Dr. Ann Dorothea Wagner, an oncologist at Lausanne University Hospital in Switzerland who began studying sex diversity after noticing differences in her chemotherapy patients, has explained why greater inclusion of female representation in early phases of drug trials is particularly important: “Women have about 15% more body fat for a person of equal weight and height [due to hormones], which has an impact on drug metabolism [and] there are differences in gene expression patterns in [diseases such as] cancers arising in men and women,” and Phase I trials are where dosing and drug interactions/timing are tested (Brazil, 2020). Drug metabolism is also impacted by the different concentrations of digestive enzymes that men and women have in the mouth, stomach, and liver, and by the slower filtration rate of womens’ kidneys compared to mens’ (Fenton et al., 2018; Pratt, 2020). Furthermore, women also experience interactions between drugs and menstruation, pregnancy, menopause, and oral contraceptives. Thus, it is essential for women to be tested equally in all phases of clinical trials.
This being said, there are vocal critics of this approach who point out that the money spent on including women could be utilized to “dive deeper into the scientific mechanisms in males,” and argue that the difficulty and drain-on-resources in female-included trials is illustrated by the lack of success for women’s health therapeutics [Figure 2] (Nicodemo, 2021; Kola & Landis, 2004). Lastly, critics claim that the longer life expectancy of women (80.5 years in 2020 compared to mens’ average lifespan of 75.1 years) is evidence that women are “currently well-cared for” (Schiebinger, 2003; Arias et al., 2021).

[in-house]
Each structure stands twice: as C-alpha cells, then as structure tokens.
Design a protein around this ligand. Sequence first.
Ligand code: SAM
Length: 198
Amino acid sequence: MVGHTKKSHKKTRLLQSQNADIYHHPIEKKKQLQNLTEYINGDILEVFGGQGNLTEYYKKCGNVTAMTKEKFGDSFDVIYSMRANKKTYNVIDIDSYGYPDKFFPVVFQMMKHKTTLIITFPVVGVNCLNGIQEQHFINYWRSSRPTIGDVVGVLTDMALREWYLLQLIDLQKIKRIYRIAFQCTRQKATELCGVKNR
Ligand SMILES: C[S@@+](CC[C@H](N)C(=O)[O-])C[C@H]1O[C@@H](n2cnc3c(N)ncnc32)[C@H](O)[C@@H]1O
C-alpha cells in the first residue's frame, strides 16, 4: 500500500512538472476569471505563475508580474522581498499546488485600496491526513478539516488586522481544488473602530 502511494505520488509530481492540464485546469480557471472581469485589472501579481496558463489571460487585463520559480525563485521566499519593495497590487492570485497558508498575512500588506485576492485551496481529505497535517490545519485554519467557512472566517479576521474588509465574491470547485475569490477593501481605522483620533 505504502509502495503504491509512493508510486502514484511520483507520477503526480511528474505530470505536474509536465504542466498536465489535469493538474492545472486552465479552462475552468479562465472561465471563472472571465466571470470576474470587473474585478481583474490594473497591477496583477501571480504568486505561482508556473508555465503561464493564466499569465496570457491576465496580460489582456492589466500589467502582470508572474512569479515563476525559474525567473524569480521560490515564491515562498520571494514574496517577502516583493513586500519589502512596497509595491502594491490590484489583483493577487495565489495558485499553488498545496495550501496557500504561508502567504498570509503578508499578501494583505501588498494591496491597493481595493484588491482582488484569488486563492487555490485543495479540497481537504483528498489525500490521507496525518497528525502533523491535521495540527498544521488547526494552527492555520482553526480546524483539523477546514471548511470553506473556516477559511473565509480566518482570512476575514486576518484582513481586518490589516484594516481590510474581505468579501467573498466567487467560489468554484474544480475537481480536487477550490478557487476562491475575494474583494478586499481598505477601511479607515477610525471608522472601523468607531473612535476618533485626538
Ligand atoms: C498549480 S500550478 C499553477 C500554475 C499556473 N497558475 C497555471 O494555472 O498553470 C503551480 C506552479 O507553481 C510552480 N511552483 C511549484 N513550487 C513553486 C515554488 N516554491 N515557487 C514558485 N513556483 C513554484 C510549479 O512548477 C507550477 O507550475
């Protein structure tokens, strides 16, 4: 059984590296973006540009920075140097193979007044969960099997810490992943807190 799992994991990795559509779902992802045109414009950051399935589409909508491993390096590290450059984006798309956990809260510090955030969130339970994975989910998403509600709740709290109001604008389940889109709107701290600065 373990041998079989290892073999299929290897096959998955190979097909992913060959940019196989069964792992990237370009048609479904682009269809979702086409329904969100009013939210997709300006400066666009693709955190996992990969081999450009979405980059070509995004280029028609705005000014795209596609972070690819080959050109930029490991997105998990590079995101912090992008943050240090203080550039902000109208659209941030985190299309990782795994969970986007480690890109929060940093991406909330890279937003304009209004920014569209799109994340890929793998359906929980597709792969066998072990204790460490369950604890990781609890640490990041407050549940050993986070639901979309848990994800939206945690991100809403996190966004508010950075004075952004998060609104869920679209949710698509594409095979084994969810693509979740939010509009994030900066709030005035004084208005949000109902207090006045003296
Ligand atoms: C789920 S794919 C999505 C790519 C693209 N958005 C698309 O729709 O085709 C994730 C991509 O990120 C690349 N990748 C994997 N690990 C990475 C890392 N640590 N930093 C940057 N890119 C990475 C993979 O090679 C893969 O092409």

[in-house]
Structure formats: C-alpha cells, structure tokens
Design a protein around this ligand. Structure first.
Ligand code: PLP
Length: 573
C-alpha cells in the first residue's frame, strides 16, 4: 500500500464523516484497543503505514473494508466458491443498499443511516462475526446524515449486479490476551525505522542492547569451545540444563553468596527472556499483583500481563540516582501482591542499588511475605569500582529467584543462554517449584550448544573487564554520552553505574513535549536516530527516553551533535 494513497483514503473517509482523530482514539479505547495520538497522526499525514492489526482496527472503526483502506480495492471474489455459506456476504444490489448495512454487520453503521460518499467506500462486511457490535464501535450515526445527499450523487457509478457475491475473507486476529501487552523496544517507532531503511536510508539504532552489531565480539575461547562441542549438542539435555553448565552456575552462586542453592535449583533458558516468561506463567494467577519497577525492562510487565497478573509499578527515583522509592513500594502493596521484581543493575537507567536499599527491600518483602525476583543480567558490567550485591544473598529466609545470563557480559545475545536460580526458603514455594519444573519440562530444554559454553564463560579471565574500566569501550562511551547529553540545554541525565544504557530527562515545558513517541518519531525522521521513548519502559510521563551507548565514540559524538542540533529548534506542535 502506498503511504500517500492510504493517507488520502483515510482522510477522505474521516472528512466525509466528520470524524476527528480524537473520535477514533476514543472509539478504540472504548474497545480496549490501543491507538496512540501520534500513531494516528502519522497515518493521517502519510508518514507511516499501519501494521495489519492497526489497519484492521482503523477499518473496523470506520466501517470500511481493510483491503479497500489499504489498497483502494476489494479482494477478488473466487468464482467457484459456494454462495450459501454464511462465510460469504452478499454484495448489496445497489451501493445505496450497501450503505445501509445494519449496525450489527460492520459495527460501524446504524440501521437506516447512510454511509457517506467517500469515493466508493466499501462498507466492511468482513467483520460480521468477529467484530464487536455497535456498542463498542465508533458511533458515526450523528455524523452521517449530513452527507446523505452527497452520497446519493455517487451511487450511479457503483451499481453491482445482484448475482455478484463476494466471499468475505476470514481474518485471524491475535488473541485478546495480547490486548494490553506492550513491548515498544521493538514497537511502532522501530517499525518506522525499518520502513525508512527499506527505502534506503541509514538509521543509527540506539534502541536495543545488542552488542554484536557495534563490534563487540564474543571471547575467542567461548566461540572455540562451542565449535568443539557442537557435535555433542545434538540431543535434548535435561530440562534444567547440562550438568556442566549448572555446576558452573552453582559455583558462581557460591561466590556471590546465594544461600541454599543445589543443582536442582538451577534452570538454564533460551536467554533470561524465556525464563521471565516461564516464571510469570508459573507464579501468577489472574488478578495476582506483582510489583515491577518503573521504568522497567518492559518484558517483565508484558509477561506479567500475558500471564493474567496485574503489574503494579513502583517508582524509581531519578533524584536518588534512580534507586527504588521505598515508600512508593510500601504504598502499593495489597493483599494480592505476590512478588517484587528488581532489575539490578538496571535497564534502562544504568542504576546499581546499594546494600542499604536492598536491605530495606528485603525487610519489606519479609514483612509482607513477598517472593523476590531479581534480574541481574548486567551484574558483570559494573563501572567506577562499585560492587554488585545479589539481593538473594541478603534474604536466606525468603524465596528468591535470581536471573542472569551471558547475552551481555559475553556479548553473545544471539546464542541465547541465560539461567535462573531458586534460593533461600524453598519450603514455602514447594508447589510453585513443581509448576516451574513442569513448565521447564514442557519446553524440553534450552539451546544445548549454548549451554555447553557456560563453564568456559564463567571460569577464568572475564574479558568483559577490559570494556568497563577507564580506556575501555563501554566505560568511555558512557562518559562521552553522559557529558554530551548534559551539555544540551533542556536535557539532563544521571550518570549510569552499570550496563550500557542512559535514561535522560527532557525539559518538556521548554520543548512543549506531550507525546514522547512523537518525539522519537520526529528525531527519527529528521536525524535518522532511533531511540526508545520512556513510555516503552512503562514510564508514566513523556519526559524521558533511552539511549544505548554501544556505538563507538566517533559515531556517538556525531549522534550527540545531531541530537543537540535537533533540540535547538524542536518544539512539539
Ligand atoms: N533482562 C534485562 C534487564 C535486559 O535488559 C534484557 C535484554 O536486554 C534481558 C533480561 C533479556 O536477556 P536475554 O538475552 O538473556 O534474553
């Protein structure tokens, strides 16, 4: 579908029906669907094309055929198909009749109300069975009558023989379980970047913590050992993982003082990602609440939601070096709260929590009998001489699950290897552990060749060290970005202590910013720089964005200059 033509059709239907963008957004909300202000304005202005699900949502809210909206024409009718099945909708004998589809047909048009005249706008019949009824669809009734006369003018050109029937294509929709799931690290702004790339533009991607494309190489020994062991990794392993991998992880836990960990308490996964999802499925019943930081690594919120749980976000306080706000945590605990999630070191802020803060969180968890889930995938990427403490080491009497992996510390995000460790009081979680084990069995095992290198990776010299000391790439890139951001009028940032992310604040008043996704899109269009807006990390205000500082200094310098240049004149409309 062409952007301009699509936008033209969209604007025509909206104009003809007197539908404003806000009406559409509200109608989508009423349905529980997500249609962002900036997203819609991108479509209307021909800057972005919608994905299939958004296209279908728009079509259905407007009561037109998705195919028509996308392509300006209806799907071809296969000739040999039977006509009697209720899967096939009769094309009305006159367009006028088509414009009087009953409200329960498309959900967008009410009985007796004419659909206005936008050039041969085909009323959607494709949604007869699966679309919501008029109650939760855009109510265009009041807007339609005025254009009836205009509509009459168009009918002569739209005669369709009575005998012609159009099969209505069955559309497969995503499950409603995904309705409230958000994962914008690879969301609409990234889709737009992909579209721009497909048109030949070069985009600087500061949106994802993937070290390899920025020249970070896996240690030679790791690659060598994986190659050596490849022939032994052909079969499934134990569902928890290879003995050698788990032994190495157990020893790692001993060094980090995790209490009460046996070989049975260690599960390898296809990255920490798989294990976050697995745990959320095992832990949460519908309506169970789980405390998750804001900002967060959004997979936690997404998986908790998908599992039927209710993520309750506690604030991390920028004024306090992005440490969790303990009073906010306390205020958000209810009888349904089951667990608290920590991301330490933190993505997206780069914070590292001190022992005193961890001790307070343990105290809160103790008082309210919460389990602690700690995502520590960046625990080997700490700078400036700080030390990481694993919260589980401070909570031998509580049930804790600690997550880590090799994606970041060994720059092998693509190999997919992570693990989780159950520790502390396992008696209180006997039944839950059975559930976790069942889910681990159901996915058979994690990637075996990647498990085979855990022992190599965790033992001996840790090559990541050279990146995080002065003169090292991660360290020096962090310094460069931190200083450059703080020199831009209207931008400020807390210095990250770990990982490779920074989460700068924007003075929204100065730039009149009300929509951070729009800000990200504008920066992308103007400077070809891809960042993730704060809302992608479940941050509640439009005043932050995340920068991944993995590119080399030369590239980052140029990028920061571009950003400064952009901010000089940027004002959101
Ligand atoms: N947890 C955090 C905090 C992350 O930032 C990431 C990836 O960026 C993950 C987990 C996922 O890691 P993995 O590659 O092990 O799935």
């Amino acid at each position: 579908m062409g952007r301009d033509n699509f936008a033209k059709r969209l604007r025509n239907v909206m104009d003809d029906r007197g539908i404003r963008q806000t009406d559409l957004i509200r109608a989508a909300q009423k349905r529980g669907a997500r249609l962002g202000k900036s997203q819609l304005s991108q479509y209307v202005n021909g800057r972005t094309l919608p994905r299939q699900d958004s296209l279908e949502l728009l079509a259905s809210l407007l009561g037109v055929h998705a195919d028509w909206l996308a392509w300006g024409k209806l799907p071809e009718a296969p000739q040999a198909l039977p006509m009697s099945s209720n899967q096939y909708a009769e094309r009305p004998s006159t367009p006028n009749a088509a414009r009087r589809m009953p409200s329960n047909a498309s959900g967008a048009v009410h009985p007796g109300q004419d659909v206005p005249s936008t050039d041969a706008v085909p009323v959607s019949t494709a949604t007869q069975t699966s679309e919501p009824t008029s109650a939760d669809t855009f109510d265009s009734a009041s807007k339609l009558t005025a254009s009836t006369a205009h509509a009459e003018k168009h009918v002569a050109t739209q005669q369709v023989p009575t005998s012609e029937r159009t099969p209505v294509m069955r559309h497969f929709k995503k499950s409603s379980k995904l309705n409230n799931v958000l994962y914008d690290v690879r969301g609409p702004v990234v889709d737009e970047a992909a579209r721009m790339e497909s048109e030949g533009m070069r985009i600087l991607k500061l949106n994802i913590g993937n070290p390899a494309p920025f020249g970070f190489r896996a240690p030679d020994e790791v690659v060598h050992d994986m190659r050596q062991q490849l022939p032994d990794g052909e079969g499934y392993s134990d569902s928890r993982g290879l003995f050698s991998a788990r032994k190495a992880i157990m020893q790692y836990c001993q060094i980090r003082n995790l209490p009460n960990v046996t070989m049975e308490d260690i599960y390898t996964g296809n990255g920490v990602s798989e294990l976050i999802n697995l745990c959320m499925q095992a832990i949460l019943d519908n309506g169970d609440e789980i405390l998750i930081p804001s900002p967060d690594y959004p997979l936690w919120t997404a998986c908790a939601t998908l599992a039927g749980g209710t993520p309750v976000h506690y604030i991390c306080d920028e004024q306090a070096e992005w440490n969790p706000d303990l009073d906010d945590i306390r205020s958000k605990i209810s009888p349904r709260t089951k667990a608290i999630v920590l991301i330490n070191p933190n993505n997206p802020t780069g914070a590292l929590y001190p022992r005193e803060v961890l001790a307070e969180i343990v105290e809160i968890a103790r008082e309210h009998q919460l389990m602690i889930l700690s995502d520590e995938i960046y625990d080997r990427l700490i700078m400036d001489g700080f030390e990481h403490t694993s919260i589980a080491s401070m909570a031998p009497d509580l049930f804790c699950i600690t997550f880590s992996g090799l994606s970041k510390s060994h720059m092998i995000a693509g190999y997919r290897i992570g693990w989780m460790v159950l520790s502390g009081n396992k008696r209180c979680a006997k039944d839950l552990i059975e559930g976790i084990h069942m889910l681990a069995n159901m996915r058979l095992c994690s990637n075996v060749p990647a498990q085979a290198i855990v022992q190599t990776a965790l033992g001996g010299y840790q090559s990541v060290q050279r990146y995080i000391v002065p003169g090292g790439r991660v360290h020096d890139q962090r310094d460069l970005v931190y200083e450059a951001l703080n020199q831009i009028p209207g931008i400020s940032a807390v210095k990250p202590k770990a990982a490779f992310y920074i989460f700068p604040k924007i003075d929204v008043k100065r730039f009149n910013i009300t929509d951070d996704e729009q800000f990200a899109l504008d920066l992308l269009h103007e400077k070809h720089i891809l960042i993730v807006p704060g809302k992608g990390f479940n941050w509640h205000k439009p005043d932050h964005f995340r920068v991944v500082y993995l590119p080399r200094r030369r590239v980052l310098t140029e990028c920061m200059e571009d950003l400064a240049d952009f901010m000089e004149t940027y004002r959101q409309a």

Figure 2. The overall clinical success rate is 11%. However, if the analysis is carried out by therapeutic areas, big differences emerge. The data are from the ten biggest drug companies during 1991-2000. (The companies are AstraZeneca, Bristol-Myers Squibb, Eli Lilly, F. Hoffman-LaRoche, GlaxoWellcome, Johnson & Johnson, Novartis, Pfizer, Pharmacia, Schering-Plough and SmithKline Beecham; data were obtained by Datamonitor in the Pharmaceutical Benchmarking Study). CNS, central nervous system (Kola & Landis, 2004)
Even before clinical (human) trials, the gender discrepancy needs to be addressed in the preclinical trials and drug developmental phases. A 2015 Opinion piece in The New York Times was titled ‘Why Science Needs Female Mice’ (The Editorial Board, 2015). The New York Times discusses a 2010 publication which found that there was a male bias in most research disciplines: male animals outnumbered females 5.5 to 1 in neuroscience, 5 to 1 in pharmacology, and 3.7 to 1 in physiology. Additionally, diagnoses for anxiety and depression are more than twice as common in women than in men, but fewer than 45% of animal studies into these disorders apparently used females; and, while some thyroid diseases are seven to ten times more common in women, only 52% of animal models used females (Zucker & Beery, 2010). And yet – little has changed. A decade later, Dr. Hughes published a paper called ‘Sex Still Matters’ in which he reveals that a survey of biomedical research 2016-2017 showed similar gender divides ( 82% of rat and 75% of mouse studies only used males) (Hughes, 2019).